This Too Shall Vipassana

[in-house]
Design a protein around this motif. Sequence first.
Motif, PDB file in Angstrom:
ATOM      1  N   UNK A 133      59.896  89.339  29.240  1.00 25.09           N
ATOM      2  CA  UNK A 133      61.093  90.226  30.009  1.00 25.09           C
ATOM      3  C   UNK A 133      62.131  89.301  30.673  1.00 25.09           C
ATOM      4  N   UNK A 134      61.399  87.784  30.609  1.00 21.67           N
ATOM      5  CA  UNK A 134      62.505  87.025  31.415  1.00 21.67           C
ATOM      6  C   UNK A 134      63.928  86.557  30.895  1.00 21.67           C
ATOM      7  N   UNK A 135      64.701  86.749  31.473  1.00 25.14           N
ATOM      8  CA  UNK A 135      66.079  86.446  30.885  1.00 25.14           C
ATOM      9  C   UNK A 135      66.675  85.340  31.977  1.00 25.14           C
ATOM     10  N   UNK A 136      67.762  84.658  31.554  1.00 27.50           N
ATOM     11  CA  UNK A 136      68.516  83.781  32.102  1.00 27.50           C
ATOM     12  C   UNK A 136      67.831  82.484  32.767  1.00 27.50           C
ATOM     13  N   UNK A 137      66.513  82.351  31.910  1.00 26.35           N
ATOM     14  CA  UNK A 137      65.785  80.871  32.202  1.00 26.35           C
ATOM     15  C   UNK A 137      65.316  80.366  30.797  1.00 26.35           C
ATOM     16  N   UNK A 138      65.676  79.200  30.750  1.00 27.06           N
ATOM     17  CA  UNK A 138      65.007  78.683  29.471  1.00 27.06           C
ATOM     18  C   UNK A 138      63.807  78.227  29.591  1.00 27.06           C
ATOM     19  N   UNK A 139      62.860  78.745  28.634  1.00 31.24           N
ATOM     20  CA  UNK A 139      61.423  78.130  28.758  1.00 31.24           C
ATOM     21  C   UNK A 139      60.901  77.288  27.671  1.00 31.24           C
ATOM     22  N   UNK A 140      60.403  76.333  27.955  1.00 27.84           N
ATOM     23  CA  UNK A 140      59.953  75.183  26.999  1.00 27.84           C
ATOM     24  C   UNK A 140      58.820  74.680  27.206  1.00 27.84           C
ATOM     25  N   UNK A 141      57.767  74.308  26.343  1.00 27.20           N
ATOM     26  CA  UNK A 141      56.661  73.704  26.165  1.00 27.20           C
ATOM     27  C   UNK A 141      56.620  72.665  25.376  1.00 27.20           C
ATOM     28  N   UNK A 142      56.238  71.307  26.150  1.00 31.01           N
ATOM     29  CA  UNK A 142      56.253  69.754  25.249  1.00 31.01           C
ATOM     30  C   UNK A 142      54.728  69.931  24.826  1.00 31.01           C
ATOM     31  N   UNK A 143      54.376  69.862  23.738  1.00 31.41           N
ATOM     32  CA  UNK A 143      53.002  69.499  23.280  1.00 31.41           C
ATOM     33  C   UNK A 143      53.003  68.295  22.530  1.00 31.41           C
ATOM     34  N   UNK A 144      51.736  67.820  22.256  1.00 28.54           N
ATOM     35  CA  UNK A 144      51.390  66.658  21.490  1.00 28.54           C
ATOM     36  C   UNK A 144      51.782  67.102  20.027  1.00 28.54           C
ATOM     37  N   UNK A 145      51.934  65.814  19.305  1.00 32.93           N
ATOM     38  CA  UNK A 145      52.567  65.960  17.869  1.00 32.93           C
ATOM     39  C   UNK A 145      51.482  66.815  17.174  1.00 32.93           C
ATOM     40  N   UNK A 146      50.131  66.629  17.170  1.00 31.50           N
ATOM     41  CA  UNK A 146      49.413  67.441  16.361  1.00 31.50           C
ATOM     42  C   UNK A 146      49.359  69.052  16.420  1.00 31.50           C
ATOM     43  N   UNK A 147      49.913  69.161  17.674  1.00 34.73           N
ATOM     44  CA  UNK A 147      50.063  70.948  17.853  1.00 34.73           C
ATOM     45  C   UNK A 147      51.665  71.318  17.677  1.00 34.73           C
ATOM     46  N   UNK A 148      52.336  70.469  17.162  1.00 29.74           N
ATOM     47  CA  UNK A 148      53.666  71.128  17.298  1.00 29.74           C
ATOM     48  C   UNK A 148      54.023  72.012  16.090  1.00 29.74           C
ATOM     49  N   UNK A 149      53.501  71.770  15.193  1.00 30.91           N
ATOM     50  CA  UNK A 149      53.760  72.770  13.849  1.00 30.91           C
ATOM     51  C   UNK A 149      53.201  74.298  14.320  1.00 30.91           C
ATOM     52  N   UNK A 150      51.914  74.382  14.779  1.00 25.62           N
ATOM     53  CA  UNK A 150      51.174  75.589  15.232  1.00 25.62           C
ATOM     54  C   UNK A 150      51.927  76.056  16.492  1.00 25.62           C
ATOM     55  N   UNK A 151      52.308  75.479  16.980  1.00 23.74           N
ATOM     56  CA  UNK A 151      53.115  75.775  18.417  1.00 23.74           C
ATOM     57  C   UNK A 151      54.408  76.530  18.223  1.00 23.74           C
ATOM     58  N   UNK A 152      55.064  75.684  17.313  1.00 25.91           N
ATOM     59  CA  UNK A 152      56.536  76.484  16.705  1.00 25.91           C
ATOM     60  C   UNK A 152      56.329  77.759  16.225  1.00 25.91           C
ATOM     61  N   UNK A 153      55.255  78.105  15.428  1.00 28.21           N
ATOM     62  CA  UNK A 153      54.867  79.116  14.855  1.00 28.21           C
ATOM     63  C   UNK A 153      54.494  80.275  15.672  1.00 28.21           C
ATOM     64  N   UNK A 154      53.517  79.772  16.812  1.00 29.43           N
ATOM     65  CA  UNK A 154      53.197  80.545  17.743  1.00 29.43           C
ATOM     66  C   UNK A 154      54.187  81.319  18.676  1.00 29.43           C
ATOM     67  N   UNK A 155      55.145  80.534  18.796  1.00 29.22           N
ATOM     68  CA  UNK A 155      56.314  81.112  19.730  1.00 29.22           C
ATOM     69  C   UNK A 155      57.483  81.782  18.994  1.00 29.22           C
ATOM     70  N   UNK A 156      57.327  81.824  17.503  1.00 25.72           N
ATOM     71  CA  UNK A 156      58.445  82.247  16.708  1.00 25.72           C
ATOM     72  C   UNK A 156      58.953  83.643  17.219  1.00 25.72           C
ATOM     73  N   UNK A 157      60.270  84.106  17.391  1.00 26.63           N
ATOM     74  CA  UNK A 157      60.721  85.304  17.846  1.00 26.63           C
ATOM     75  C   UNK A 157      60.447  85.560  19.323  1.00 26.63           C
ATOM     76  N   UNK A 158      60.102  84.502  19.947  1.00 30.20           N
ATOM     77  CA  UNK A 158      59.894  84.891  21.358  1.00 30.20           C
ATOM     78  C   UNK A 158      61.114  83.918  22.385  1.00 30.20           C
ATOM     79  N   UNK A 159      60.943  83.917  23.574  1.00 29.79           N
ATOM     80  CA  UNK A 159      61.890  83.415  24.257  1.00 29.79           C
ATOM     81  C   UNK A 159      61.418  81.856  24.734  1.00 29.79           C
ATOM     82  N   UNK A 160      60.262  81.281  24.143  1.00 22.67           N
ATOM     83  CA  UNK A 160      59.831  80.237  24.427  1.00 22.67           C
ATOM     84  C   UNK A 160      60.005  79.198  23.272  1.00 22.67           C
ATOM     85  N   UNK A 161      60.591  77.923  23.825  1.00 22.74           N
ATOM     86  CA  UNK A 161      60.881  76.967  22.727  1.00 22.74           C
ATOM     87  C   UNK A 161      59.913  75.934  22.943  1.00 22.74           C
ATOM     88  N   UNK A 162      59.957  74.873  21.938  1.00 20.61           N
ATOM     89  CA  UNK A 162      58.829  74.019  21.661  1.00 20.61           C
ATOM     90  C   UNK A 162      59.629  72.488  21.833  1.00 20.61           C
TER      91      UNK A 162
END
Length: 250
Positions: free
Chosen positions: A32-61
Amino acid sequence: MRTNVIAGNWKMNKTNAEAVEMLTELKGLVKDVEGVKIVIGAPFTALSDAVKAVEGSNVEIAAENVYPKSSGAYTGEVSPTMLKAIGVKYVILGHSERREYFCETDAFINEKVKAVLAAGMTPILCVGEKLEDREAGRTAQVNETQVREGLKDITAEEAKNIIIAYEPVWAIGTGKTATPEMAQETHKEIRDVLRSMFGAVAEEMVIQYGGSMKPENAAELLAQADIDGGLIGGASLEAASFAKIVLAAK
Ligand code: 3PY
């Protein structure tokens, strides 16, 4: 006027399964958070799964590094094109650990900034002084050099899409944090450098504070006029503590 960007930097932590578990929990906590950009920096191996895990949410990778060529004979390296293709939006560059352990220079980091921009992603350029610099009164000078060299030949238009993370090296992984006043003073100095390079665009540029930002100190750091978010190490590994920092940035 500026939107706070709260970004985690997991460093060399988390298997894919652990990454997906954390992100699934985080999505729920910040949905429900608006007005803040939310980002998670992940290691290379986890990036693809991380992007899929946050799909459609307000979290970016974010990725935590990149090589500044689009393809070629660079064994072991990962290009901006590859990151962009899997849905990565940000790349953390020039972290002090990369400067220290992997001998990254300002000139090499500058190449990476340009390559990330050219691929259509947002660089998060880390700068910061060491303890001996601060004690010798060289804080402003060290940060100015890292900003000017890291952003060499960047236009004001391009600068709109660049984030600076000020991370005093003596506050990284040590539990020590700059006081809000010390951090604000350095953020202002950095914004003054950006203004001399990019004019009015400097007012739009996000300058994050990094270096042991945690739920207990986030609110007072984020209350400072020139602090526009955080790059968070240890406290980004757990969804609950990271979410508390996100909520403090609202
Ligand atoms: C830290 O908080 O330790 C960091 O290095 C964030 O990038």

Reality. What is it? How can we be sure? Is this the real life or is this just fantasy? Like Queen's timeless observation, how are we to know truth, fact from fiction? Are we even capable? Philosophers, artists, monks, scientists, and the lay person alike have all, at some point, pondered down this very road. Where to start? We can begin by our observations. In the universe, one may observe that there is happiness, love, and other pleasant sensations. There is also misery, pain, and anger. What is misery? There is no Christian misery, no Islamic pain, no Agnostic anger. Misery is a universal experience. Therefore, the answer to misery, too, should be universal. At it's core, misery is sensation, neither good or bad. At a deeply conscious level, we react to these sensations. Pleasant sensation? Ahh how nice!! Lettuce seek more. Unpleasant sensation? Namastay away from that. We develop aversions to unpleasant sensations and cravings for pleasant ones. Both of these reactions cause us to seek a reality that we would like to experience rather than reality as it is. These illusions lead to disillusionment. Under disillusion we expect a separate reality. When confronted with actual reality, we suffer. We don't get what we want? We suffer. We get what we want but it is different than expected? Just like Britney Spears' 2000's banger, "Lucky", we may get everything we want only to find out it is different than what we had hoped for and again, suffer. The idea of happiness and actual happiness are two very distinct experiences. So how is one to experience happiness if the craving for it leads us elsewhere? We observe. We observe reality as it is, not as how we would like it be, but as it is naturally occurring. We allow unpleasant sensations to happen, as they happen. We soon realize, like happiness, this misery is coming and going. So impermanent, only carrying the illusion of permanence. Like a river flowing, you may dip your hand in. You may dip your hand in again. It may seem, on the surface, that you have dipped your hand into the same river. You have, in fact, dipped your hand into two completely different rivers, two entirely separate sets of water molecules. Happiness and misery are just as fleeting. To avoid misery or to crave happiness is a fool's errand for both are as fleeting as the river. To observe these sensations of happiness and misery, these sensations of anger and pain, of joy and bliss, as they are happening, only for as long as they are happening, we are able to experience reality as it is, without any attachments to what we would like it to be and the chain of self perpetual negativities that it creates. We realize suffering is simply a sensation. This too shall pass. To avert it is to create sensations that do not exist which lead to more suffering down the road. Similarly, happiness too shall pass. To cling on to it is to disallow all suffering and happiness to take place as they are happening, creating more disillusion and more suffering. To develop this awareness, we focus our attention on reality, as it is happening, in the present. We sit and focus on our breath. It is the most direct experience we have to the fleeting river of the present. We may find our mind jumping from past to future. This is fine. It is in the nature of the mind to do so for this is what it has done for every moment since our inception. It needs to be disciplined on the present with patience. We continue to focus, to refine our attention. What sensations are actually happening, in the present moment? Our focus may last only a breath or two before our attention is once again diverted. That is fine, for it is two more breaths of reality. We continue to work. Eventually we notice sensations. Loud, flashy sensations at first. The pain in our leg. The throbbing in our shin. The pinch in our toes and the heat in our back. Brilliant! ! Actual sensations. We soon develop the sharpness of the mind to detect the more subtle sensations. The crinkle of a hair on our elbow, the slight pressure on our chest, the electrical current of our blood. More sensations. The deeper we go, we begin to detect emotional sensations. Bold and subtle. Pleasant and unpleasant. We observe; how long do they last for? A minute? Five minutes? An hour? A second? However bold or subtle the sensation, we will find that like the river, it too passes. Noticing the dissolution of the sensation, we gain direct experience of impermanence. Pain, no matter how gross, is impermanent. Not because any scripture says so, because of any amount of devotion, because of what any Internet meme says, but because we have direct experience in it's coming and going. Pain, then, immediately becomes less abstract. At it's core, it is sensation. How we react to it either dissolves it or multiplies it. By observing our physical bodies, the coming and going of sensation, we realize reality itself is comprised of fleeting sensations and our reactions to them; subatomic particles, constantly popping into and out of existence and the perception of those particles (mind body phenomena). We are left with the illusion of permenance, and as a result, the illusion of suffering only for as long as we choose to live in realities that no longer exist, or arguably, never existed. So what are we to do? A boy and his friend go trick-or-treating annually. One year, one of the friends is sick so he asks the boy to bring him back candy. Like a good friend, the boy obliges. House after house, the boy saves candy to bring back to the friend. At one house, the owner has forgotten to purchase candy. In consolation, the owner offers the boy some vegan oreo milkshake. Delicious! ! But it's liquid and alas, the boy cannot bring back any to his friend! So upon returning to his friend, the boy explains how he was unable to bring back any of the vegan oreo milkshake. The friend understands but asks the boy what it was like, this vegan oreo milkshake. The boy says it was black and white like a cow. The friend says ahh!! So a vegan oreo milkshake moos!! The boy says no, it is like a cow in it's appearance. Ahh!! So a vegan oreo milkshake has utters and a tail!! Like the explanation of the delicious vegan oreo milkshake, all of this information may present itself as truth or non truth. However, it is ultimately in direct experience that we find true wisdom. So let us meditate on the vegan oreo milkshakes of life, for ourselves, and directly experience reality, as it is.